WASHINGTON, D.C. – Tech giants, major retailers and other corporate leaders are making significant investments in clean energy and installed over 1,280 megawatts (MW) of new commercial solar capacity in the United States in 2019, the second largest year on record according to the latest Solar Means Business report. The annual report, released today by the Solar Energy Industries Association (SEIA), tracks both on-site and off-site installations and highlights the strong appeal of cost-saving solar energy for American businesses.
Major U.S. businesses are choosing solar at a rapid rate to power their operations. SEIA’s Solar Means Business Report tracks a variety of commercial solar installations, including the top 25 corporate solar users, many of whom are Fortune 500 companies.
SEIA's Solar Means Business Report tracks solar adoption from America's corporations and businesses. SEIA members at the Watt level and above have access to the full dataset behind this report, containing project level data for more than 38,000 individual commercial solar systems.
WASHINGTON, D.C. - SEIA filed a Request for Rehearing today of the Federal Energy Regulatory Commission’s Broadview Solar decision, which changes the way power production capability is measured for solar Qualifying Facilities under the Public Utility Regulatory Policies Act (PURPA). Following is a statement from Katherine Gensler, vice president of regulatory affairs for the Solar Energy Industries Association:
On September 17, 2020, SEIA filed a petition for review with the Ninth Circuit Court of Appeals of FERC Order No. 872, which unlawfully discourages the development of qualifying facilities (QF) under the Public Utility Regulatory Policies Act (PURPA).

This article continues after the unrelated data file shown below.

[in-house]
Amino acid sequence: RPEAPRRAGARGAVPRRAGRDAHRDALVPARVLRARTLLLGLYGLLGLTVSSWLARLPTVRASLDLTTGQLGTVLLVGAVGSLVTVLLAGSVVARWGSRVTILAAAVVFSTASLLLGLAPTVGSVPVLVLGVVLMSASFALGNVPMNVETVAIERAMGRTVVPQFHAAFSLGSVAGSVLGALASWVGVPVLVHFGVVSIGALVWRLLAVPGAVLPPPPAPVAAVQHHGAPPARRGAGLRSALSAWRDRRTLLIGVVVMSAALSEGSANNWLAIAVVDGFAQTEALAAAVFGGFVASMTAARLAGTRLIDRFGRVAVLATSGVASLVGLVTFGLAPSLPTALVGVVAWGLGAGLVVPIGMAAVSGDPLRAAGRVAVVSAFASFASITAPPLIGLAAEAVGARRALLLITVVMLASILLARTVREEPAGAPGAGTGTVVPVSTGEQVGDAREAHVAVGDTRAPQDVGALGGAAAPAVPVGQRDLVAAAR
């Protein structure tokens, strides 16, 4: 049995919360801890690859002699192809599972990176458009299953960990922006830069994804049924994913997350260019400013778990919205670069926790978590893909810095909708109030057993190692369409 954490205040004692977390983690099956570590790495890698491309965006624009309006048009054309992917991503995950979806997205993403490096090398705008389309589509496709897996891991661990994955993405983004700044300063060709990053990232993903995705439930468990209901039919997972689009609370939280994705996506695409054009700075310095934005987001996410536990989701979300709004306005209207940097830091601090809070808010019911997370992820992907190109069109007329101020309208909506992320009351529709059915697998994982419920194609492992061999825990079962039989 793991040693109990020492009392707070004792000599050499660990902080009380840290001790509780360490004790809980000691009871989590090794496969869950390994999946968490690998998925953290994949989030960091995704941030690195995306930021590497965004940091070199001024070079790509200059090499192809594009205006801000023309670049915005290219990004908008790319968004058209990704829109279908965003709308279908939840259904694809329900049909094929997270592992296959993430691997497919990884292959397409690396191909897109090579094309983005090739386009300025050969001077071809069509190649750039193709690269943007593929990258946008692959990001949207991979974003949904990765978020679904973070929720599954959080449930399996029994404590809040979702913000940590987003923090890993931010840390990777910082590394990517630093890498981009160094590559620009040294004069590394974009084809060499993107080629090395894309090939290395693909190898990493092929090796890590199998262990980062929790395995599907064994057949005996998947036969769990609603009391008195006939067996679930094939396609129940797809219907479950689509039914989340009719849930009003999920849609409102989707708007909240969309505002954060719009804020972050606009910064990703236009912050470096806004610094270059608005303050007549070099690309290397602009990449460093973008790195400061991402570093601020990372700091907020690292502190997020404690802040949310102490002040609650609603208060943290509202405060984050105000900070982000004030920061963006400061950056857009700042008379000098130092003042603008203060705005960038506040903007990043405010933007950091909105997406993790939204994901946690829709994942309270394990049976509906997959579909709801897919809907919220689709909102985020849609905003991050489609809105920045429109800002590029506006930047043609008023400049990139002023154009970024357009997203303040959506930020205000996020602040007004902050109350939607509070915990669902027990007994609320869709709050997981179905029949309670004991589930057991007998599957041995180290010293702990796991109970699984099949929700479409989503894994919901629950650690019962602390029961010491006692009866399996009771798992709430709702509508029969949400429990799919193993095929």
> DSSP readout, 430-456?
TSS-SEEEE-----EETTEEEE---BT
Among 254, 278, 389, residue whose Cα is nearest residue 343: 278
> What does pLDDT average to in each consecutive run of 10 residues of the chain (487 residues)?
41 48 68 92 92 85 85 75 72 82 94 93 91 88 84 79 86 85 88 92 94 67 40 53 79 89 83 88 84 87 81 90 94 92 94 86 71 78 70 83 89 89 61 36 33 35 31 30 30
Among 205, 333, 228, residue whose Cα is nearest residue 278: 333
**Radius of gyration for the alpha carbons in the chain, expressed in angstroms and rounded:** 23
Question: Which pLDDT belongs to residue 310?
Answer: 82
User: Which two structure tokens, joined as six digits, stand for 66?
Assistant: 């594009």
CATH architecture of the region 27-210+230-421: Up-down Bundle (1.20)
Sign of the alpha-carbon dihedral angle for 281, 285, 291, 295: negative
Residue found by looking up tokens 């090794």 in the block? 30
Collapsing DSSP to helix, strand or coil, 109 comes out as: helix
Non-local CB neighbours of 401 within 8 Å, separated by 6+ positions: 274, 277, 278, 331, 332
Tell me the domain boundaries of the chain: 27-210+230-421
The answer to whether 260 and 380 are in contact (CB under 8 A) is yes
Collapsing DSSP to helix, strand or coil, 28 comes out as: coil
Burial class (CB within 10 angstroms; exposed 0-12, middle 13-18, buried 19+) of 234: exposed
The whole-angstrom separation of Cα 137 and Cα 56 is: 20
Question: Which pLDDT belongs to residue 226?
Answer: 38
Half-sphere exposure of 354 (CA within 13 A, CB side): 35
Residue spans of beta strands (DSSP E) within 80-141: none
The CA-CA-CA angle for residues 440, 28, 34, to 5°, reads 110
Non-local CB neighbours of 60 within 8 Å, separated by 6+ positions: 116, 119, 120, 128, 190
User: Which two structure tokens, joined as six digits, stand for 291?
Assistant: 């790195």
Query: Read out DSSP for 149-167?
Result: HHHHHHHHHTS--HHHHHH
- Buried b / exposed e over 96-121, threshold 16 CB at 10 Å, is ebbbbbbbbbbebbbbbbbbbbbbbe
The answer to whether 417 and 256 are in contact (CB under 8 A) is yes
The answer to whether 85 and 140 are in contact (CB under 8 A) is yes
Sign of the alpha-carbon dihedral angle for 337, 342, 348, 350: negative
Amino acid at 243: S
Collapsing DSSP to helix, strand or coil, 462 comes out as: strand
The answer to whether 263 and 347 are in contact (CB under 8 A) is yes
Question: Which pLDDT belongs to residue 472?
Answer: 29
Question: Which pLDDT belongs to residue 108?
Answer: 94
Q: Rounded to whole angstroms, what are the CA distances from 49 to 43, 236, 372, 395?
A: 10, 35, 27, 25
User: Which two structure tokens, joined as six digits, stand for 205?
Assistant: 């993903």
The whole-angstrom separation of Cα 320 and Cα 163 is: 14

WASHINGTON, D.C. — The Solar Energy Industries Association (SEIA) yesterday filed a petition for review with the Ninth Circuit Court of Appeals of FERC Order No. 872, which unlawfully discourages the development of qualifying facilities (QF) under the Public Utility Regulatory Policies Act (PURPA).
New Report Shows Steep Increase in School Solar Power Drives Savings on Energy Bills, Frees Up Resources during Pandemic
CHARLOTTESVILLE, VA and WASHINGTON, D.C. — As school districts struggle to adapt to a nationwide budget crisis brought on by the COVID-19 outbreak, many K-12 schools are shoring up budgets with a switch to solar power, often with minimal to no upfront capital costs. Since 2014, K-12 schools saw a 139 percent increase in the amount of solar installed, according to a new report from clean energy nonprofit Generation180, in partnership with The Solar Foundation and the Solar Energy Industries Association (SEIA).
Note: The Q3 2020 U.S. Solar Market Insight covers installation volumes in Q2 2020 and forward-looking trends. The second quarter of 2020 was the first full quarter in which the U.S. solar industry was exposed to the risks associated with the coronavirus pandemic. The forecasts in this report account for the coronavirus but are subject to uncertainty based on the unprecedented health, social and economic conditions in the United States.